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Nature and extent of Surety's liability

A guarantee can be taken as an arrangement in which one party becomes willfully responsible for the payment of debt of the other party in case of inability to do the same. In English law guarantee is considered as an answer for debt.[1] Section 126 of the Indian Contract Act explains the contract of guarantee. It basically is a contract that comes into function when the primary party fails in its objective. The third party in that case compensates for the primary party.

The contract of guarantee as mentioned above is a tri-party contract which basically means that it constitutes of three parties.

These parties are as follows:
  • Creditor
  • Principal debtor
  • Surety
The act comes into function when the principal debtor becomes inefficient in paying the debt to the owner or creditor. Creditor is a person who has lent his money. The guarantor or surety comes in scene when the principal debtor becomes inefficient. The surety compensates and pays off the obligations of principal debtor.

Also, later on the surety can demand his money back from the principal debtor. Clearly, the liability of the surety arises only if there is a principal debtor and only if the principal debtor is at default.[2]

It is important to ensure that the surety has given its guarantee without any misrepresentation or any external force.
As in any other contract, consideration for guarantee is an essential component for a guarantee. As mentioned in article 127, a guarantee without any sort of consideration is considered void.[3]

Research Questions:
  1. Can surety be sued if he becomes incapable of abiding to the contract?
  2. Can the surety ask for his money which he had paid on behalf of the principal debtor to the creditor? Is the principal debtor liable to pay it?

Body Of The Article
The principal of surety's liability is laid down in section 128 of the Indian Contract Act. Section 128 states that the liability of the surety is co-extensive with that of the principal debtor unless mentioned in the contract.

Co-extensive:
The term co-extensive refers to the fact that the surety who has agreed to pay the principal debtor's obligations in the event of default is only and only responsible for the sum for which the principal debtor is liable and nothing more unless they agreed to it earlier.[4]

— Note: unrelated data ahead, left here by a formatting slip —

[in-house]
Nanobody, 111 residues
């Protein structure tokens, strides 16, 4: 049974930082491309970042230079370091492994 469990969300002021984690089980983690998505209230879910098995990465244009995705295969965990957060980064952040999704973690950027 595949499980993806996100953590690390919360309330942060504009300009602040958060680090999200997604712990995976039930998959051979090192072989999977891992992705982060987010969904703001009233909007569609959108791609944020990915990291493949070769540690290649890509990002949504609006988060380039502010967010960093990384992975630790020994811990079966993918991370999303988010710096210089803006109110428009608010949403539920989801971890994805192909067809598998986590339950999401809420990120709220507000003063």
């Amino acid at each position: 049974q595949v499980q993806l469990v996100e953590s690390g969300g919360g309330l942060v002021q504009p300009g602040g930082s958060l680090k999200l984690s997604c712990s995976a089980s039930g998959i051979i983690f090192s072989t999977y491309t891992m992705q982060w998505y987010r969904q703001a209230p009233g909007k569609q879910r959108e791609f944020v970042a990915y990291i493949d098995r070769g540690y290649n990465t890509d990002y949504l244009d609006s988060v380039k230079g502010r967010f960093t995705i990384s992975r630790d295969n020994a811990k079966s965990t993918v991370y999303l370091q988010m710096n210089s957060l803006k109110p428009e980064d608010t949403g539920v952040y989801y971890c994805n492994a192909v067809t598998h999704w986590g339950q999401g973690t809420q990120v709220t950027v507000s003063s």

The only extra payment which the surety is liable to pay is the interest which becomes due on the loan.[5]

In Bank of Bihar v. Damodar Prasad and another (AIR 1969 SC 297), the bank which was the plaintiff here lent money to Damodar Prasad and surety Paras Nath Sinha. In spite of multiple reminders, both the principal debtor and surety did not pay the dues. They were sued for non-payment in the first court of subordinate judge, Pune.

When the case was being looked into it was made a point that a plaintiff bank shall be at liberty to enforce its dues in question against surety only after all the remedies have been exhausted against the debtor. The rationale was that requiring the creditor to delay his remedies against the surety would negate the intent of contract of guarantee. It can also be said that guarantee is a banker's collateral protection and it becomes worthless if the banker's rights against the surety are too quickly revoked.

In contrast to the above case the case of State Bank of India vs Indexport Registered and Others (AIR 1992 SC 1740), 1992 has pointed and emphasized on the fact that it is not compulsory for the creditor to exhaust all the remedies against the debtor (defendant 1) to exercise his right to recover from the surety (defendant 2).

Condition precedent:
Condition precedent can in simple terms be defined as a condition which needs to be fulfilled beforehand if in case the surety is to be made liable.

The principal has been partially recognised in section 144[6]. It states that if a person offers a guarantee on a contract the creditor does not act under another person joins as a co-surety. If that other person does not join the contract, is void.